What are the best careers in the US? To most people, doctor and lawyer must be on top of their lists, and the reason is money–being a doctor or a lawyer means a lot of money. But ask them the question: “Do you trust a doctor that chose to be a doctor just for the sake of money?” “Can you rely on a doctor that, instead of being concerned about your health, is thinking about how to make some extra dollars out of your suffering?” Certainly nobody would answer yes. But by accepting the assumption made by Adam Smith, one has also granted that a doctor who is only thinking about making money is also a doctor that one can trust–while he is promoting his own interests, he must be promoting the patient’s interests as well. Moreover, the implication of Smith’s argument is that, if somebody is not thinking about promoting his own interests, he must be wrong headed and cannot be trusted.

Even ethics of healthcare practitioners would only be a snapshot of the inevitable moral crisis if everyone only worried about how to make more money. This is an age of ever increasing specialization. At the time of Adam Smith, it was possible for one to have some good knowledge in every field. One could be a carpenter while still be able to distinguish fresh meat from rotten and to tell good tailorship from bad. Thus, when buying meat from a butcher or service from a tailor, he could make desicions based on plenty of information, and even if he visited the butcher only once a month and the tailor only once a year, his knowledge would keep him from falling into a too disadvantage position. Today, this is no longer possible. Even those at the top of the ivory tower have only a tiny share of the entire pool of human knowledge. While at the same time, we become more and more reliant on others to provide us with the necessities that we can’t possibly provide for ourselves. Thus, everywhere and every day, we count on other people’s expertise to survive and flourish, and thus, almost every time we buy goods or service from others, we face an asymmetry of information–sometimes small and sometimes quite large. Most of the time, we have no choice but to trust others to use their expertise to our interests. If our interests are also their interests as Smith asserts, fine, I can trust them if all they want is to promote their own interests. But what is there to assure that our interests is also their interests? If I don’t know how to tell good meat from bad and if my stomach doesn’t know either (suppose there is no verifiable result between the bad meat and my having a stomachache), what prevents the butcher from selling me bad meat? If I don’t know whether the doctor is treating my disease or deliberately causing more complications so that he can make more money from more expensive services, what prevents him from doing so? –How many people reading this post understand the decisions made by your doctors and can critically evaluate them?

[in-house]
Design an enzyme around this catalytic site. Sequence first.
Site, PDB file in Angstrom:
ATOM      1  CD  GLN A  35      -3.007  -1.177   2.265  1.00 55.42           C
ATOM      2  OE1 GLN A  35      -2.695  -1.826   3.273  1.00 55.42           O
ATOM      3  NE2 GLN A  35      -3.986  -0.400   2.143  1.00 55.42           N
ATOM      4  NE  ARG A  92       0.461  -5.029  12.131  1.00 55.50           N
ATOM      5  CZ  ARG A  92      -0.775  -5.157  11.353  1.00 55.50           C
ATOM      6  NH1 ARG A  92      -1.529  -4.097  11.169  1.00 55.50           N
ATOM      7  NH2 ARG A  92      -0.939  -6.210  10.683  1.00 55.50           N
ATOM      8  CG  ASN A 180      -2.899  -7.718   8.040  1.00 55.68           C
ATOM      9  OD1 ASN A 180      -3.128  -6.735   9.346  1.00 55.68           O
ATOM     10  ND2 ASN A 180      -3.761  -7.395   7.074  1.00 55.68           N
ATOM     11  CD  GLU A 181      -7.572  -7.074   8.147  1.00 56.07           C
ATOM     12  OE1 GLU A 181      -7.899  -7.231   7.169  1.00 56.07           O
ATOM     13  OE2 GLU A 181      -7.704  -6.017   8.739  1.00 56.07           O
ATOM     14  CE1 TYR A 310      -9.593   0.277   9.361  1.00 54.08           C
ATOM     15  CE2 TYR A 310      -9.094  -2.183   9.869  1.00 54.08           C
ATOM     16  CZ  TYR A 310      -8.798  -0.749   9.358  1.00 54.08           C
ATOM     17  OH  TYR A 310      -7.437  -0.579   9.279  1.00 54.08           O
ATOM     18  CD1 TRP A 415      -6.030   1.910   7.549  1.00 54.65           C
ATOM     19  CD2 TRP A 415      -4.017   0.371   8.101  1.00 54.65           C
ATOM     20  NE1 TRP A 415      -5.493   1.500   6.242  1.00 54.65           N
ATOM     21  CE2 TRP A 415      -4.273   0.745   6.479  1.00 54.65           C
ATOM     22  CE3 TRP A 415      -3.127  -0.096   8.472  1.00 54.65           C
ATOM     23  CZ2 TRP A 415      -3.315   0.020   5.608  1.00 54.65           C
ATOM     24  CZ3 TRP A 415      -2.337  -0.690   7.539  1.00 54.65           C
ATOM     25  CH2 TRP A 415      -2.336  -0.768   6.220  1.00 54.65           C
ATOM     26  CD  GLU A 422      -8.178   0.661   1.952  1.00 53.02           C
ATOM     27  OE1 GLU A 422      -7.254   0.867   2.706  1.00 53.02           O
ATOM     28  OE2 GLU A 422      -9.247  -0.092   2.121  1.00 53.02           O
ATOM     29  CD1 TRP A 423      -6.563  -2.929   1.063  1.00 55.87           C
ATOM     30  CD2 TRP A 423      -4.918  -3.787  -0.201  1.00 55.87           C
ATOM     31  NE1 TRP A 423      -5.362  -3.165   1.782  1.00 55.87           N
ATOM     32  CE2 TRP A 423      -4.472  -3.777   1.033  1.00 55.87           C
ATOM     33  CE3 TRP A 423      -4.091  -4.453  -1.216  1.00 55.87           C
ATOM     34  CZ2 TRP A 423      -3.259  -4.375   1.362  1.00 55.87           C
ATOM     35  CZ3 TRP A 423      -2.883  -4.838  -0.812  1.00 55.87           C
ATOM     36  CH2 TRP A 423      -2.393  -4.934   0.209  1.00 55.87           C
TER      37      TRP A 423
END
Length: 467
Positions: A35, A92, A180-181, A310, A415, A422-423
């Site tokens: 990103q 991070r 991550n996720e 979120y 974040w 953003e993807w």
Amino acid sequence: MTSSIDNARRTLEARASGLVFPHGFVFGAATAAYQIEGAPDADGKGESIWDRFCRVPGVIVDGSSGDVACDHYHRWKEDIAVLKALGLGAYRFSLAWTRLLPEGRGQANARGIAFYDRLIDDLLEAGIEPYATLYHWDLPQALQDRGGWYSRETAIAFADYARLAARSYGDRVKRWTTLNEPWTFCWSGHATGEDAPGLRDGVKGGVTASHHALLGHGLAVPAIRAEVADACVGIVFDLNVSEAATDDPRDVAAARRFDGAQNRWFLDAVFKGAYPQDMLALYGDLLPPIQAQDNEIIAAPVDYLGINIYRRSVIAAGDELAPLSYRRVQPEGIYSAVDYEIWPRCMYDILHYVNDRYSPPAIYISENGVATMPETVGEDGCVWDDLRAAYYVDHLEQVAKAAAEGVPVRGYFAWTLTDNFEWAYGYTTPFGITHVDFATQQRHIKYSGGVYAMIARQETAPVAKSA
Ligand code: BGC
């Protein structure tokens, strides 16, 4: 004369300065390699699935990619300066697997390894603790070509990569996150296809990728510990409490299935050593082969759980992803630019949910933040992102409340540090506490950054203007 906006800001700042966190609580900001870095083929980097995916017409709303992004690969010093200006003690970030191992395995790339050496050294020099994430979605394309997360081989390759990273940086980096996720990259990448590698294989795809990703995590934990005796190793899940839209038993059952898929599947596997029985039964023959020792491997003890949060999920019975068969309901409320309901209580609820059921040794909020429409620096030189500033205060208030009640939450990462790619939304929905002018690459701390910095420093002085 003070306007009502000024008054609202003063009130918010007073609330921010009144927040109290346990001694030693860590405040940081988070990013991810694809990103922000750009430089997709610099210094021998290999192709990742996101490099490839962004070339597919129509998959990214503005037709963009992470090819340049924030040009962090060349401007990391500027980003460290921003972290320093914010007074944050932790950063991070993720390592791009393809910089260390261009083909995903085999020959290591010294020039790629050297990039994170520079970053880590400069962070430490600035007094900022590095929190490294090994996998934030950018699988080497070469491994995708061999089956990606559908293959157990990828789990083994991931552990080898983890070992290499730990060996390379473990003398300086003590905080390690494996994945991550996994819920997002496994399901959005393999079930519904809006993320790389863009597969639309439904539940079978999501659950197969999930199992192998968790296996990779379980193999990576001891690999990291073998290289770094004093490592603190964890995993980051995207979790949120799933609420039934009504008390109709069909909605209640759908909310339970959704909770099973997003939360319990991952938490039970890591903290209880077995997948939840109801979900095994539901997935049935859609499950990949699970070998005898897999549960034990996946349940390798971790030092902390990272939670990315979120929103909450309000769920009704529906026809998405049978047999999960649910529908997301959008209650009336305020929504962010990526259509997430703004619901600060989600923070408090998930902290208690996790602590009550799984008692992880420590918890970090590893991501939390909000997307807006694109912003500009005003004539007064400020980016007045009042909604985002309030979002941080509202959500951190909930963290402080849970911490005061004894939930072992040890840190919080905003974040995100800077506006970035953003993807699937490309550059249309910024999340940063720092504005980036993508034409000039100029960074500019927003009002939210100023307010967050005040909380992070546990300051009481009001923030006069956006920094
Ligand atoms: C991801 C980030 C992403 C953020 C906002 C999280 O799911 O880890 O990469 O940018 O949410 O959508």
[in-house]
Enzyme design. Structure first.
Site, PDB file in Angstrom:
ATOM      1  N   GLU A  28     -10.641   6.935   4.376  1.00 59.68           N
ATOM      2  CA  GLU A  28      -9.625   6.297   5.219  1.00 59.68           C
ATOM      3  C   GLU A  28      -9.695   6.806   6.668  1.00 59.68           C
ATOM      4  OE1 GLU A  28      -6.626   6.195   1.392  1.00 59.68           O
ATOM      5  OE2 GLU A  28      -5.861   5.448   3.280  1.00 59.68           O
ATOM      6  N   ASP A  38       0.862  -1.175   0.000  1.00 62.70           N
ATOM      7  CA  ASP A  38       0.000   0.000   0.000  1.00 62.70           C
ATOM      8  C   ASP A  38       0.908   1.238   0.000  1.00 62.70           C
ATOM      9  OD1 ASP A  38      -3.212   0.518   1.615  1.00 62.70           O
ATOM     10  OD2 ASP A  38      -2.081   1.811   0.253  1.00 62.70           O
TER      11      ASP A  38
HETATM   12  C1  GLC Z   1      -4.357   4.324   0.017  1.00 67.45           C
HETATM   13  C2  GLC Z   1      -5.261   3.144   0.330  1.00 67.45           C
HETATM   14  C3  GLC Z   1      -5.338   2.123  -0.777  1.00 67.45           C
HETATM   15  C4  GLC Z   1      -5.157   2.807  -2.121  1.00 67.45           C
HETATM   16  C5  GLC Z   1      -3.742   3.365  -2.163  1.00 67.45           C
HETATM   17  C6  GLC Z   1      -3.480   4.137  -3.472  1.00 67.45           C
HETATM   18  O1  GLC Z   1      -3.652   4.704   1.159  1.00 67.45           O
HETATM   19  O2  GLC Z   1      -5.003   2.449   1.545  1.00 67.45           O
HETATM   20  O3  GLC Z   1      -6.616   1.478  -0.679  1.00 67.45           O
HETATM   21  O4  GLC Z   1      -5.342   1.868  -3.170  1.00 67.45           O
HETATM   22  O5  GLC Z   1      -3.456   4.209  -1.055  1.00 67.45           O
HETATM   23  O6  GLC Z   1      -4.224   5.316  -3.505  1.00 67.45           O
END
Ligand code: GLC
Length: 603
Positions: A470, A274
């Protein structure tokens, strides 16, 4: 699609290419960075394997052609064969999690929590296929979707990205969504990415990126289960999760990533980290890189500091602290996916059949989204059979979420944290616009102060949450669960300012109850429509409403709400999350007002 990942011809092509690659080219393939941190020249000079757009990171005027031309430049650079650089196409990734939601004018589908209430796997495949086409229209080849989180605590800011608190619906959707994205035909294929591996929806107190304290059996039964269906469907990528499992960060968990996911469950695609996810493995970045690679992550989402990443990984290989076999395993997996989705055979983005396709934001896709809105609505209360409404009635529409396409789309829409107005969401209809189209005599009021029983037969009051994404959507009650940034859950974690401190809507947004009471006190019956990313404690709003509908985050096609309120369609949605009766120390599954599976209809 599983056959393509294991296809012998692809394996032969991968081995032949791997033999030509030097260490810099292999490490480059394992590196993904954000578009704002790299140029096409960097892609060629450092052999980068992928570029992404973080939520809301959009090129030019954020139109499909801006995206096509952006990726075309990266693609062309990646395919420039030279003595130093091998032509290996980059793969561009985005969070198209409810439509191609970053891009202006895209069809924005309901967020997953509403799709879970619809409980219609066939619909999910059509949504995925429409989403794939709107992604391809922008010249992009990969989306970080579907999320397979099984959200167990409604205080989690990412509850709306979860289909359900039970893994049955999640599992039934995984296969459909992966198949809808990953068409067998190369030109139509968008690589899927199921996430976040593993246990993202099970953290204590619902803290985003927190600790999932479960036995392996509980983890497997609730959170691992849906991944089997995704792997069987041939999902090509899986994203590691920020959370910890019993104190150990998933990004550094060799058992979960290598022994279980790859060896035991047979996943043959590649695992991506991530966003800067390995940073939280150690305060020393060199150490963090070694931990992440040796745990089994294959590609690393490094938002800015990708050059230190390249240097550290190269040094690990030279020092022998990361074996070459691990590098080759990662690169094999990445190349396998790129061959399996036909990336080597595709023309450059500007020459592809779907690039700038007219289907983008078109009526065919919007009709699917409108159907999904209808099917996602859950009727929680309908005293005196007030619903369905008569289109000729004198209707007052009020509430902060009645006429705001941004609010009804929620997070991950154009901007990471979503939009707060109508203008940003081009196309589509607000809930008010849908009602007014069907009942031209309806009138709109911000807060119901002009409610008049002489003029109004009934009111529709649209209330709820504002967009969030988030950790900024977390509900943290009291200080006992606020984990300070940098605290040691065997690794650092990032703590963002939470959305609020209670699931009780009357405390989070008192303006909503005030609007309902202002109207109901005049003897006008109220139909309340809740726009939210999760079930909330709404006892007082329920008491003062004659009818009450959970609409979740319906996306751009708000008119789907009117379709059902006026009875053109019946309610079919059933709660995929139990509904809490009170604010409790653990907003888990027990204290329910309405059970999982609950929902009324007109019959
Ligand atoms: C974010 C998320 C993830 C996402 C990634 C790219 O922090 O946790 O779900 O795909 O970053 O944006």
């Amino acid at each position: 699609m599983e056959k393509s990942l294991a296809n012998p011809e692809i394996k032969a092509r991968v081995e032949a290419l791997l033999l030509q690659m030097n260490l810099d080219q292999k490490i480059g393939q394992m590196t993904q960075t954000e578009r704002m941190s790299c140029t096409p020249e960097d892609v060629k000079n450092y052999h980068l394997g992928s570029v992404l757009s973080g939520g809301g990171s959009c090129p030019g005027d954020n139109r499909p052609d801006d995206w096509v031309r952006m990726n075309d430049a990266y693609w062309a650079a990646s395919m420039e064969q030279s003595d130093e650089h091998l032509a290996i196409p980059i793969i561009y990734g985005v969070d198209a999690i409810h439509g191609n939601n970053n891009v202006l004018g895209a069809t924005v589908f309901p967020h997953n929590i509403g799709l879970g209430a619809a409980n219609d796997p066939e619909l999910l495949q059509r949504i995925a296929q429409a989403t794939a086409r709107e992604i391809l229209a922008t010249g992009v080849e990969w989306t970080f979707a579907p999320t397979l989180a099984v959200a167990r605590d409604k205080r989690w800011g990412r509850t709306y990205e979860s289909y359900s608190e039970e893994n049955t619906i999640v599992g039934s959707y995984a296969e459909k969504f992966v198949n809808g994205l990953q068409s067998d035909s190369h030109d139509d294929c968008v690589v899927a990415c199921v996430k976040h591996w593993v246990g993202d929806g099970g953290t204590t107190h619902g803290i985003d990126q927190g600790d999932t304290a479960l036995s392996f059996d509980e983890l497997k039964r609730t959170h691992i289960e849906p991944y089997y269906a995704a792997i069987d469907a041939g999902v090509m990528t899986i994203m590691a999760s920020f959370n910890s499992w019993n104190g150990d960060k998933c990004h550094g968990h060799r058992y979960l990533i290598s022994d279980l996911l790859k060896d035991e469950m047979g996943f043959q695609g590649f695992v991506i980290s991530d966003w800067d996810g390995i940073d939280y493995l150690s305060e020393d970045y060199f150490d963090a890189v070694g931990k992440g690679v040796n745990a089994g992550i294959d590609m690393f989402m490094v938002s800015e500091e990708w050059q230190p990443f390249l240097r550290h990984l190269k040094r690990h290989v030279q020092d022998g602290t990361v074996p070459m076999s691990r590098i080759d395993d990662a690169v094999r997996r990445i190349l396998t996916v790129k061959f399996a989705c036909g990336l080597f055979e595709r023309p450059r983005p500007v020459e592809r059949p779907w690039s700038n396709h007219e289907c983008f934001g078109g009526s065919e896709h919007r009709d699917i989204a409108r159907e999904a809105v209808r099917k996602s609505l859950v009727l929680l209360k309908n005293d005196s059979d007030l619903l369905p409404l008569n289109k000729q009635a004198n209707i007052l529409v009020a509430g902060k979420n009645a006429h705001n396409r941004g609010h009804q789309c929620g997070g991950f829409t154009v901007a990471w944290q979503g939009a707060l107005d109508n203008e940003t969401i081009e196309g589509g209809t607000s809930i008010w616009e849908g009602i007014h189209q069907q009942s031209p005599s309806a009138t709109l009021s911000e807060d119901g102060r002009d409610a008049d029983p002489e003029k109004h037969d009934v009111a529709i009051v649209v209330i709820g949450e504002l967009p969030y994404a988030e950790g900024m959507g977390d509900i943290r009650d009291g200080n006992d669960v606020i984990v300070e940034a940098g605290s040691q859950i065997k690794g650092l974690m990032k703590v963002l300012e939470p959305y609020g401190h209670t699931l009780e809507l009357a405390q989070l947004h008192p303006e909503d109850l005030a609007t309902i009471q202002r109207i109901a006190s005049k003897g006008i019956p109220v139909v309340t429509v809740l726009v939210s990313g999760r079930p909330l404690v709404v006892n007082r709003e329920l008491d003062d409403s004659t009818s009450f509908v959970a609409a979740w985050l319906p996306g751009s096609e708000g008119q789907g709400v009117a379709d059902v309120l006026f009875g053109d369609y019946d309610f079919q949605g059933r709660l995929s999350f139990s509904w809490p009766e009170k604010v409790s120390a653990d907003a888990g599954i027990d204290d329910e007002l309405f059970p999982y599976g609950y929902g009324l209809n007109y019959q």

This leads to the question of whether capitalism really promotes morality. It is first to be doubted whether it really promotes autonomy. While capitalism does offer far more choices than older socioeconomic forms, there is one important choice that the vast majority of people don’t have under capitalism: being part of the huge money making machine, they can’t choose not to serve the purpose of money. When an ordinary person, a wage earner, lives from paycheck to paycheck while probably also preparing his children for the same life path, does he have the choice not to do so? Probably not. To most people, this is the situation and there are no alternatives. Moveover, even those who are financially sound don’t have as many choices as we may think. If they opt out of the game, their wealth will certainly decline. In a society where success is measured in terms of wealth, such a decline is a mark of failure and is shameful and unacceptable. Now consider the question: is a person more likely to develop good morality in his work if he chooses to work than if he is forced to work? The answer is obvious. This suggests that a welfare state isn’t a bad idea–it enables people to choose to work, along with which not only will come good morality but also higher productivity.

The second question is: why is autonomy so important to morality? Indeed, moral worth depends on autonomy, and actions that are not free have no moral value. But in practice, why do we care so much about moral worth? Worth is accompanied with cost. To have autonomy, there must be alternative choices available. The implication is that, whenever a morally good choice is made, there has to be a morally bad alternative available, which is the inevitable cost. Otherwise, the good choice will be morally worthless. Indeed, when a person who grew up in a community full of crimes and negative stereotypes chooses to pursue good, his choice is much more valuable than one made by a person that grew up in a healthy community. Indeed, when a person chooses to tell the truth while he has the alternative to tell a lie, to work hard while he has the alternative to be lazy, to be kind while he has the alternative to be cruel, his choices are much more valuable that those made by people who have never thought about telling a lie, who have never tasted the pleasure of idleness, and who have never learned how to be cruel. But do we really care when a person is telling the truth whether it is because he has critically evaluated and rejected the choice of telling a lie, or because he never knows there is such a thing as dishonesty? Do we really care, if people around us are all good people, whether they have chosen to be good while bad alternatives are equally available, or because they never know how to be bad as a result of successful social conditioning? The questions are worth thinking about.